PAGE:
David painted his first self-portrait in 1784, in which he looks like a figure by Fragonard. This picture, which he painted in prison after the fall of Robespierre, expressed--perhaps more fully than the others--David's power and truthfulness, his determination, lucidity, and self-respect.
One of David's whims
Commissioned by Madame Récamier in 1800, the picture remained unfinished for reasons unknown. David was not satisfied with it and wanted to rework it but Madame Récamier, who thought David worked too slowly, commissioned one of his pupils to paint her portrait instead. Vexed by this, David said to his model: "Women have their whims, and so do artists; allow me to satisfy mine by keeping this portrait." The painting remained in his studio, unfinished, and was probably not seen by the public until after it entered the Louvre in 1826. In 1864, Théophile Gautier wrote of Madame Récamier's "indescribable attraction, like the poetry of the unknown."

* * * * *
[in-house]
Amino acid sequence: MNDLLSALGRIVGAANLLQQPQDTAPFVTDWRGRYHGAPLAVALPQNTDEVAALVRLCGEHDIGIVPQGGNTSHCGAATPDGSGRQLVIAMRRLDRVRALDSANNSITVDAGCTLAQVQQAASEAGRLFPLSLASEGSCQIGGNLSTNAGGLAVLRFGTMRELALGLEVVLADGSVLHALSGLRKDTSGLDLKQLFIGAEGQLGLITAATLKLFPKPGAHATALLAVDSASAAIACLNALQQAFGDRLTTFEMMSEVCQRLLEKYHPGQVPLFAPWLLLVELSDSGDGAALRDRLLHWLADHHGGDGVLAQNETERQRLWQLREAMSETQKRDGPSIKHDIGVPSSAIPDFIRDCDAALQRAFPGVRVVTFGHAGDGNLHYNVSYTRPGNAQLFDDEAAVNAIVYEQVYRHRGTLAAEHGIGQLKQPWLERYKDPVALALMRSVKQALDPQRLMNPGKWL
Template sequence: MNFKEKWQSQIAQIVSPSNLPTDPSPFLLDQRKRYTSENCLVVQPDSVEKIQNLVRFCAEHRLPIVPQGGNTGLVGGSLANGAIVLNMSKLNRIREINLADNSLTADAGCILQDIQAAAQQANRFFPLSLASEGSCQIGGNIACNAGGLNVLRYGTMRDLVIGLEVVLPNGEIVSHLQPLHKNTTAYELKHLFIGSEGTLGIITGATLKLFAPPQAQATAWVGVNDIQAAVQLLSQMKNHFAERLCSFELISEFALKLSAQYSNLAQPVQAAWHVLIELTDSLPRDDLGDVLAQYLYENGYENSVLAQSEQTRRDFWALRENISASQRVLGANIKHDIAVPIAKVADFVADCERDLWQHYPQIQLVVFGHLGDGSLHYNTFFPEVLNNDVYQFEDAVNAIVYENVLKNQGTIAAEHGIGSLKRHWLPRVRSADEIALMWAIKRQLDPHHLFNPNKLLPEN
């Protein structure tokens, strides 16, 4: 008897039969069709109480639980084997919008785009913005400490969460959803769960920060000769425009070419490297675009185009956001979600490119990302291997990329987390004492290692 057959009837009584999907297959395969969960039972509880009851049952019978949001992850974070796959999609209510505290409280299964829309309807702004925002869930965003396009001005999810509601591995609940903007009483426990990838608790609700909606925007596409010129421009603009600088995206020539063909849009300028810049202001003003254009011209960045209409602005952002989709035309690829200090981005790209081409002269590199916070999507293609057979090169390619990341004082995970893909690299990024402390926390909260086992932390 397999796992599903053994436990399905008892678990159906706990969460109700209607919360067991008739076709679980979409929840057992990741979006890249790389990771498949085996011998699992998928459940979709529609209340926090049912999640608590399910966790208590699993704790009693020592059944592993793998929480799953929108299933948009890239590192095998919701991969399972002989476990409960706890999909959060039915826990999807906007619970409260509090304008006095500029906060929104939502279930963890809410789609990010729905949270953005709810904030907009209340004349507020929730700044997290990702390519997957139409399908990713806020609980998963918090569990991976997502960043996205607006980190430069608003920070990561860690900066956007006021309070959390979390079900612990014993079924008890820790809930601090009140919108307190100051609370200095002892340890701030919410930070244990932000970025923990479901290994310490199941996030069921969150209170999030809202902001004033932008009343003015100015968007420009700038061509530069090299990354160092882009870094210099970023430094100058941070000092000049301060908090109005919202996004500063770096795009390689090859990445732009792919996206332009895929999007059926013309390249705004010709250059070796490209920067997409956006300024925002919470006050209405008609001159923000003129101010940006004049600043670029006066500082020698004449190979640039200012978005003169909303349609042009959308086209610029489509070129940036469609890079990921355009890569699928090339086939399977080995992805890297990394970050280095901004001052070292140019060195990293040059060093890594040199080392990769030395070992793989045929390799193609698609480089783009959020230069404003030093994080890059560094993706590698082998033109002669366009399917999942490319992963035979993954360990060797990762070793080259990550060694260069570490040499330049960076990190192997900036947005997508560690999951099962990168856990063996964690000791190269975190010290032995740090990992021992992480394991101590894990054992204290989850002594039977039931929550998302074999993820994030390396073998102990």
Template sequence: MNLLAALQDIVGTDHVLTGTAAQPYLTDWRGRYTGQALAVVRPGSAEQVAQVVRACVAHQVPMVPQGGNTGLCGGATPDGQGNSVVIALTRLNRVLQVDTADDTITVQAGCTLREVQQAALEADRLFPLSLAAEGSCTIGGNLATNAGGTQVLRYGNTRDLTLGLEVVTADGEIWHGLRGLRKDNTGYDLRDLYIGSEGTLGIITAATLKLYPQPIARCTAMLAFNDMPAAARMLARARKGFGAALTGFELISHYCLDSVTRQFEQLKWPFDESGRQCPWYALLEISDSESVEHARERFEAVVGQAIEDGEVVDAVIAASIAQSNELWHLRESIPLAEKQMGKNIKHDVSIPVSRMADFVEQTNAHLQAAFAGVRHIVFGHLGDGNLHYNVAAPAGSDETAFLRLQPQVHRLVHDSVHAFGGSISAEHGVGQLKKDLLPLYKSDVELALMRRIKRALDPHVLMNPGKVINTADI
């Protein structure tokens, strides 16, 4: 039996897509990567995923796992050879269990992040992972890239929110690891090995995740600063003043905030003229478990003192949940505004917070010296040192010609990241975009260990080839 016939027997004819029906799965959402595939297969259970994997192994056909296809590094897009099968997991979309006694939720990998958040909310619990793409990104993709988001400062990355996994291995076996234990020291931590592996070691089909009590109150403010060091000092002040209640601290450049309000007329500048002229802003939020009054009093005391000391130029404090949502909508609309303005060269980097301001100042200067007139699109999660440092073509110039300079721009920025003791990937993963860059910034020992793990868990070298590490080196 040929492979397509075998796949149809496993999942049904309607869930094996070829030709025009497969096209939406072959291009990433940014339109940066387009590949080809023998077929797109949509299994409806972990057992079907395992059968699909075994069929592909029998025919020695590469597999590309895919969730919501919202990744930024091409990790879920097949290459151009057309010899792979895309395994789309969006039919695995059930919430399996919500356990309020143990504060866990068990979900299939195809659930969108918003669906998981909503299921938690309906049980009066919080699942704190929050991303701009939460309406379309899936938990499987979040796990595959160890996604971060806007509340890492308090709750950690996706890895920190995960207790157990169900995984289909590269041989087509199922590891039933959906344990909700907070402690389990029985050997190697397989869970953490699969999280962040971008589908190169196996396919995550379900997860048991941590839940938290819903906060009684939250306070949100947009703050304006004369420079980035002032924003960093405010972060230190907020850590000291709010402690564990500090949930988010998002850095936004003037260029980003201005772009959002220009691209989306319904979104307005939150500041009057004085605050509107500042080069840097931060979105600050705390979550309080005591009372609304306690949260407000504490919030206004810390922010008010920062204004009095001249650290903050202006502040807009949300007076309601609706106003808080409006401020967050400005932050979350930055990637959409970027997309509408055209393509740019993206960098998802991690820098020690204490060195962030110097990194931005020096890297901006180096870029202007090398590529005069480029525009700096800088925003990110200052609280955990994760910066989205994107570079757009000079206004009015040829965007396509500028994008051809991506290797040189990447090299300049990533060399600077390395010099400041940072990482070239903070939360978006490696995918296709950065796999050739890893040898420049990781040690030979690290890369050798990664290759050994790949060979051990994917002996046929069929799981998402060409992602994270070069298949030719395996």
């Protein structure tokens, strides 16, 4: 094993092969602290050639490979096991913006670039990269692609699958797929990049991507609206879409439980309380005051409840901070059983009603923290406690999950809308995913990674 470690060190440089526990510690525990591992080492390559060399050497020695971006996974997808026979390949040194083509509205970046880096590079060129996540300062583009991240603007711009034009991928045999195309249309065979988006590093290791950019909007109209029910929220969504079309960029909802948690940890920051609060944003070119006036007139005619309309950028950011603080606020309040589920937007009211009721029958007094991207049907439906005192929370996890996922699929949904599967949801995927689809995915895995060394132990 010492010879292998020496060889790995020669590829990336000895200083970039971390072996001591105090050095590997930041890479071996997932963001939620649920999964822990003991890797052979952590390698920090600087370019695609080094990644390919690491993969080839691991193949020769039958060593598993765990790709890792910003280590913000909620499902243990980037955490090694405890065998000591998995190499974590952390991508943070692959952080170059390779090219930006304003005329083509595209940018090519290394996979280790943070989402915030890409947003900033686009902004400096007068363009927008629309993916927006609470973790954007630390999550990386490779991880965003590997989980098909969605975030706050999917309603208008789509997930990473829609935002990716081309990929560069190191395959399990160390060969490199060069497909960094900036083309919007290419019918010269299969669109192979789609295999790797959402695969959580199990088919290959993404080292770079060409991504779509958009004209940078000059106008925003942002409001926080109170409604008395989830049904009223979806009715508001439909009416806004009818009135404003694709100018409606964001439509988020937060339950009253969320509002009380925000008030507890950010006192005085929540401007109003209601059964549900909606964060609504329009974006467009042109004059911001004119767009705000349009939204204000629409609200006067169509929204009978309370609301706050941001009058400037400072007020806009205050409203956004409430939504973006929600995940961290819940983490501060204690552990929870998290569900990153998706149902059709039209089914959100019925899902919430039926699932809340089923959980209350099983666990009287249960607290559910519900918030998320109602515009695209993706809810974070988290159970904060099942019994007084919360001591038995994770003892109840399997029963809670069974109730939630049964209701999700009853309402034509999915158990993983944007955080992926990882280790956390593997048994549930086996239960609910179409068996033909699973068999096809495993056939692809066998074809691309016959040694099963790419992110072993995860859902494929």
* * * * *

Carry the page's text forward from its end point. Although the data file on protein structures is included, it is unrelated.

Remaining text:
- Oil on Canvas, 10' 10" x 13' 11""
- Musée du Louvre at Paris
This painting occupies an extremely important place in the body of David's work and in the history of French painting. It was commissioned by the Administrator of Royal Residences in 1784 and exhibited at the 1785 Salon under the title The Oath of the Horatii, between their Father's Hands. The story was taken from Titus-Livy. We are in the period of the wars between Rome and Alba, in 669 B.C.
- Oil on Canvas, 9' 11 1/2" x 7' 2"
- Musee du Louvre, Paris
- Oil on Canvas, 80 1/4" x 49 1/4"
- The National Gallery of Art, Washington, D.C